bms9nmh bms9nmh - 4 months ago 8
Linux Question

Adapt file renaming script so that it searches out each file in sub-directories

I have a

.csv
file in which looks something like this:

unnamed_0711-42_p1.mov,day1_0711-42_p1.mov
unnamed_0711-51_p2.mov,day1_0711-51_p2.mov
unnamed_0716-42_p1_2.mov,day1_0716-42_p1_2.mov
unnamed_0716-51_p2_2.mov,day1_0716-51_p2_2.mov


I have written this code to rename files from the name in field 1 (e.g.
unnamed_0711-42_p1.mov
), to the name in field 2 (e.g.
day1_0711-42_p1.mov
).

csv=/location/rename.csv

cat $csv | while IFS=, read -r -a arr; do mv "${arr[@]}"; done


However, this script only works when it and all the files that need to be renamed are in the same directory. This was okay previously, but now I need to find files in various subdirectories (without adding the full path to my
.csv
file).

How can I adapt my script so that is searches out the files in subdirectories then changes the name as before?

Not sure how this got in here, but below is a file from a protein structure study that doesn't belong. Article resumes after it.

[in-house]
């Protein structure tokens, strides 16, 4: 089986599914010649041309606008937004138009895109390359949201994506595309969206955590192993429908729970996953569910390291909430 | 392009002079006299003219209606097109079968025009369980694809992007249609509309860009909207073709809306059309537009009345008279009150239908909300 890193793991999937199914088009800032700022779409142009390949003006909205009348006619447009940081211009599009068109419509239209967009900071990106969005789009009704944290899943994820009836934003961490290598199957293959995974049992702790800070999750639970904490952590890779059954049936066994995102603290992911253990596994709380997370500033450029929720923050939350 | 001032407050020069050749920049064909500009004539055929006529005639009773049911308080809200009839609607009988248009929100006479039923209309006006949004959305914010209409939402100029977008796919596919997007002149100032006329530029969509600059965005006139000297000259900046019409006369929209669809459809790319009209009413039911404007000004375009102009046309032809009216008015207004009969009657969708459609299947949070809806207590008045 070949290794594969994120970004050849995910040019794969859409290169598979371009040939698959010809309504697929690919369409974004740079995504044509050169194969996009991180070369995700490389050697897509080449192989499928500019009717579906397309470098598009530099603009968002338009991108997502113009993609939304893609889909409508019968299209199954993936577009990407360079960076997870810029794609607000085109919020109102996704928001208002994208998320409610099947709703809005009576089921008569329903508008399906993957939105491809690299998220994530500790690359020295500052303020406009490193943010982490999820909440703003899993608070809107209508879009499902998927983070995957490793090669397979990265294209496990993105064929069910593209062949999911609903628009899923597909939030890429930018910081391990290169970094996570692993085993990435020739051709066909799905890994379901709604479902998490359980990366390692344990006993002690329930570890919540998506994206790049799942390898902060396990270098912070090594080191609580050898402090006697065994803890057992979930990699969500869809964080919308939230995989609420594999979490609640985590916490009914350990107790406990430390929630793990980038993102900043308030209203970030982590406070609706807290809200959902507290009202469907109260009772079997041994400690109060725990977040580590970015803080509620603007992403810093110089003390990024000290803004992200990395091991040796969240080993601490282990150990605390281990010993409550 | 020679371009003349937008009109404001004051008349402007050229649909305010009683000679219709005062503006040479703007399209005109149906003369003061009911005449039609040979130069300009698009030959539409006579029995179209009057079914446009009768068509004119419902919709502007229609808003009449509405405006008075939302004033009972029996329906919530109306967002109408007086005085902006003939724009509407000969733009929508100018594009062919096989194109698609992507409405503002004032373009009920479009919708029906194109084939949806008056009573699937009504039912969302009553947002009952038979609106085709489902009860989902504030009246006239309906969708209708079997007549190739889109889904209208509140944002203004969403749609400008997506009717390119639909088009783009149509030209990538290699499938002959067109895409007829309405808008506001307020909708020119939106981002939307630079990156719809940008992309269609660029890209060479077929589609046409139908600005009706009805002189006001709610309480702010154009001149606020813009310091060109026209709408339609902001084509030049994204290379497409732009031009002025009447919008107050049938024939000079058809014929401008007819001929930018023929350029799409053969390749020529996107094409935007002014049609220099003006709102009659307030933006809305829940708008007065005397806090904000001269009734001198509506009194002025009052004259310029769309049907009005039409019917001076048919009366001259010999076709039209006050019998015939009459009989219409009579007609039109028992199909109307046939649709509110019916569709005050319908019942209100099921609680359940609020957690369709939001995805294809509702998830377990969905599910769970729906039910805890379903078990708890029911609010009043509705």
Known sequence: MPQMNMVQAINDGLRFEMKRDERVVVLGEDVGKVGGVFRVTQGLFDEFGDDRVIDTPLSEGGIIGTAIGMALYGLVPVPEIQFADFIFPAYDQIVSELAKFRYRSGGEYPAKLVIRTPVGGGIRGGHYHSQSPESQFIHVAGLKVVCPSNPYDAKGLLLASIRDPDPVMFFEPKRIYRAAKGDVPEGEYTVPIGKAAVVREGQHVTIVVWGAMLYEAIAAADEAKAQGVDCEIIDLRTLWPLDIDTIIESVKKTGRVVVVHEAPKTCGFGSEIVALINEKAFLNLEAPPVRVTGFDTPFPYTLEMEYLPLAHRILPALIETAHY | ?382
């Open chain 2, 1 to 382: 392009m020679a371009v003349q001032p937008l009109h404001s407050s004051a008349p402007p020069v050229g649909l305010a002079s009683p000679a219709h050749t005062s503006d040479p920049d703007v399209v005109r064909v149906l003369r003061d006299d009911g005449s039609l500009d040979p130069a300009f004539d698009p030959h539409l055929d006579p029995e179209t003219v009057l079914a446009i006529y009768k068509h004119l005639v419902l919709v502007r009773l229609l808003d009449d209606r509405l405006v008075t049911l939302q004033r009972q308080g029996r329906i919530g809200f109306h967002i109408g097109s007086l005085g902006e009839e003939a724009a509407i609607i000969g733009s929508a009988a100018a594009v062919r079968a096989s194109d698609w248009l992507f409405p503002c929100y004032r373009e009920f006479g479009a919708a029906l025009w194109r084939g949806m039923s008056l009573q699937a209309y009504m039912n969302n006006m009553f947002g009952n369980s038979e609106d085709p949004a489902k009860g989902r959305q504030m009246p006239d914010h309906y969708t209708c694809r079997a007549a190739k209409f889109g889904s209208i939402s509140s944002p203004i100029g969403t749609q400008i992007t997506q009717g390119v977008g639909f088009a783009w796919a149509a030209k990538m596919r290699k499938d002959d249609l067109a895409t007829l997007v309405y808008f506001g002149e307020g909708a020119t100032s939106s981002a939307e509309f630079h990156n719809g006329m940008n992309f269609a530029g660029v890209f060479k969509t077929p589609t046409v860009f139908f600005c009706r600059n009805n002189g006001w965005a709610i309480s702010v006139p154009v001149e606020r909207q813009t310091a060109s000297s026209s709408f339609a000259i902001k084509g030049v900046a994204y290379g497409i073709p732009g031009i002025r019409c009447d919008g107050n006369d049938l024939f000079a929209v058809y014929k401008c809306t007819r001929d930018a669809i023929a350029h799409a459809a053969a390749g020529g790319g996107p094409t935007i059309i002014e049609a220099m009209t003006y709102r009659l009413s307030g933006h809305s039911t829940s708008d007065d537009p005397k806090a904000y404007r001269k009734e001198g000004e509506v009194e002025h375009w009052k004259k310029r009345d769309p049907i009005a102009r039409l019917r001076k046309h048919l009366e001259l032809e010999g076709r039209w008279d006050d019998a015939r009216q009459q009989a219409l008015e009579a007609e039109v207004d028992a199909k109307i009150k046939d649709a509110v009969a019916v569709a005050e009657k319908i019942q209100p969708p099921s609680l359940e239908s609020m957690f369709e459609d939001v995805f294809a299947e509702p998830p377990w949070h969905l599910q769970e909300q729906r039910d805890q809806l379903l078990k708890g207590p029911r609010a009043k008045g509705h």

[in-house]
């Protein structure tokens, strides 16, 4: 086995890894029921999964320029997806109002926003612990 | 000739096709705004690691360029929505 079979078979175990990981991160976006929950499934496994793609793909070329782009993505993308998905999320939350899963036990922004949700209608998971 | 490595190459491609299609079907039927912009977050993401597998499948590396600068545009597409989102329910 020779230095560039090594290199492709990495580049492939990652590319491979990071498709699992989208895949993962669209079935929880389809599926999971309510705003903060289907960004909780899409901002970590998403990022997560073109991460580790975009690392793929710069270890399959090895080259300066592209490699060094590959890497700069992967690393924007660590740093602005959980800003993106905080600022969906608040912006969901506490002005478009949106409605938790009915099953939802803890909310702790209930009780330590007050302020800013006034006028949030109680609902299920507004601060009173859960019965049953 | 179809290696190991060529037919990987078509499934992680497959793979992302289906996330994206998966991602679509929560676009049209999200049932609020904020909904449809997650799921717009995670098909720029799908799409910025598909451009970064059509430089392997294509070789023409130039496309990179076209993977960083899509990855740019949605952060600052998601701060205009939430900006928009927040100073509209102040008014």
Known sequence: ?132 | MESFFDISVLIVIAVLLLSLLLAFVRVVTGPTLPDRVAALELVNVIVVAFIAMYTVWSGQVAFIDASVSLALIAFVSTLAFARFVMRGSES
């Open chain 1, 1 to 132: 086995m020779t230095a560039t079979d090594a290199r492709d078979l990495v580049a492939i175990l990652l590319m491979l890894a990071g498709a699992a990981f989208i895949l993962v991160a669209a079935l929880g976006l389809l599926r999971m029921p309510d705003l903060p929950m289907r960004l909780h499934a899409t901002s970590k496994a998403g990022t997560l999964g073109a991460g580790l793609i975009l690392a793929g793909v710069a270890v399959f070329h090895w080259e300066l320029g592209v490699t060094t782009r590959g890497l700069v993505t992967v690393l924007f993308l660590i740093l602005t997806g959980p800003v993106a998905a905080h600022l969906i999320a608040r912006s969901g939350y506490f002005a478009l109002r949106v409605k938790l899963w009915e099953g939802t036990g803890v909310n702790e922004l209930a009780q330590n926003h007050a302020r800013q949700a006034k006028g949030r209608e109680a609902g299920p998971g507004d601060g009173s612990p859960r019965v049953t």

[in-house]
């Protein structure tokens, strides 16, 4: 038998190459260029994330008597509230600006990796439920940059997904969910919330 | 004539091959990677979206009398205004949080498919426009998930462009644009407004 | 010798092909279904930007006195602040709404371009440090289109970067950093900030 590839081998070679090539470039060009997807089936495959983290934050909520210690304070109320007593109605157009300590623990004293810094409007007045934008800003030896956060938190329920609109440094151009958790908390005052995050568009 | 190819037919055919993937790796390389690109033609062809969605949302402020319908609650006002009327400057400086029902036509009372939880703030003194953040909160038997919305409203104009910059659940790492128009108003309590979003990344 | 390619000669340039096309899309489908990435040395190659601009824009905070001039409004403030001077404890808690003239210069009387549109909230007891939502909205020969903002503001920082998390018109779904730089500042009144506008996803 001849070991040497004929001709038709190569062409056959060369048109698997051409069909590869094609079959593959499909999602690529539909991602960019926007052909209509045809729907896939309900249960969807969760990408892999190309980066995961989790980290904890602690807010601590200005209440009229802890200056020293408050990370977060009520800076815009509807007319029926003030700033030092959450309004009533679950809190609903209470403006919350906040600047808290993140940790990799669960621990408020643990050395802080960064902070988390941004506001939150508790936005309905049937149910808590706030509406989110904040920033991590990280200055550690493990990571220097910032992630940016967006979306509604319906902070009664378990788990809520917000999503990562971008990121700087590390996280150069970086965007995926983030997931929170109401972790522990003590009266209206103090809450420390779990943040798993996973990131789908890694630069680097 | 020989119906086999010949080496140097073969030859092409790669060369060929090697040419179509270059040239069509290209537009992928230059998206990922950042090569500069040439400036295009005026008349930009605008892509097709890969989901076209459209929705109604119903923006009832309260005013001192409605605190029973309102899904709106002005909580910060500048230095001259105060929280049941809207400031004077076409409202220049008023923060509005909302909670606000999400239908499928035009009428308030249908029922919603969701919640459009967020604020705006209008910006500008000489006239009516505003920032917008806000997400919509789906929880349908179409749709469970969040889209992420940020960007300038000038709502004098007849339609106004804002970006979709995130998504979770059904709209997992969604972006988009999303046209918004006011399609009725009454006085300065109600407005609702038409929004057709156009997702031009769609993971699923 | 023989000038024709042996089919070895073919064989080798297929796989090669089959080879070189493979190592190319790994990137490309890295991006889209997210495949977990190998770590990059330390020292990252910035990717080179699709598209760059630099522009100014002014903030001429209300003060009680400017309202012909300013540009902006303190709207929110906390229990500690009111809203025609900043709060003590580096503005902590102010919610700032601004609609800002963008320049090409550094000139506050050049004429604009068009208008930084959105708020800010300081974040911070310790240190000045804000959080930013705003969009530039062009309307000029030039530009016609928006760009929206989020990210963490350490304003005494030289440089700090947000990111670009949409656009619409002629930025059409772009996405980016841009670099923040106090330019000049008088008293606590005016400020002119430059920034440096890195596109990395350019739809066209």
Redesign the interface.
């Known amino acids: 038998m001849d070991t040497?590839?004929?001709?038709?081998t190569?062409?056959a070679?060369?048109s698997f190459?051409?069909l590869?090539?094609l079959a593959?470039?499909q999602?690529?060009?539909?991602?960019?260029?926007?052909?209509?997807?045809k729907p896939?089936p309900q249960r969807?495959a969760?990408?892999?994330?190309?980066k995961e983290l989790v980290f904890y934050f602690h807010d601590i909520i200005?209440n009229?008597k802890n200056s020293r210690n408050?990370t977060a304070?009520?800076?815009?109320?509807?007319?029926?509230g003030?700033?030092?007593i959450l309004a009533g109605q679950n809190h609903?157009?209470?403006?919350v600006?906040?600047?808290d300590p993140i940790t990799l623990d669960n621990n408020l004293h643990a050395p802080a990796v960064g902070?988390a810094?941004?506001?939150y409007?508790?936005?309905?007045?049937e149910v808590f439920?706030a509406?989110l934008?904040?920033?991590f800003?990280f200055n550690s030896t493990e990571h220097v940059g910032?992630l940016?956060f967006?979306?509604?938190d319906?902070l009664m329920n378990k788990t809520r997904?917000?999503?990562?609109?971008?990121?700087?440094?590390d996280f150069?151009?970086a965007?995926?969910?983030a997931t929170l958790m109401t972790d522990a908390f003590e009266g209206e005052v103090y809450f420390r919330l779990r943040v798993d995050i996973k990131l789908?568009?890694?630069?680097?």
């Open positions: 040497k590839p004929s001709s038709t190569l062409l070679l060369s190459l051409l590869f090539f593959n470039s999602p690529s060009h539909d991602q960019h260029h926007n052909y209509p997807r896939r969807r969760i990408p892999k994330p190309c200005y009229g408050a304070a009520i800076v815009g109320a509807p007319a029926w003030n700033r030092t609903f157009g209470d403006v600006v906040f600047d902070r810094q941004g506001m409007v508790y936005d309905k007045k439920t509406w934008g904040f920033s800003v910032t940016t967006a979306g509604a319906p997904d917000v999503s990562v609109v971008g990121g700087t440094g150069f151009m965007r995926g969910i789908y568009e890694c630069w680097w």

Answer

A simple way to make this work, though it leads to an inefficient script, is this:

for D in `find . -type d`
do
    cat $csv | while IFS=, read -r -a arr; do mv "${arr[@]}"; done
done

This will run your command for every directory in the current directory, but this runs through the entire list of filenames for every subdirectory. An alternative would be to search for each file as you process it's name:

csv=files.csv
while IFS=, read -ra arr; do
    find . -name "${arr[0]}" | while IFS= read -r old_file; do
        old_dir=$(dirname "$old_file")
        mv "$old_file" "$old_dir/${arr[1]}"
    done
done<$csv

This uses find to locate each old filename, then uses dirname to get the directory of the old file (which we need so that mv does not place the renamed file into a different directory).

This will rename every instance of each file (i.e., if unnamed_0711-42_p1.mov appears in multiple subdirectories, each instance will be renamed to day1_0711-42_p1.mov). If you know each file name will only appear once, you can speed things up a bit by adding -print -quit to the end of the find command, before the pipe.

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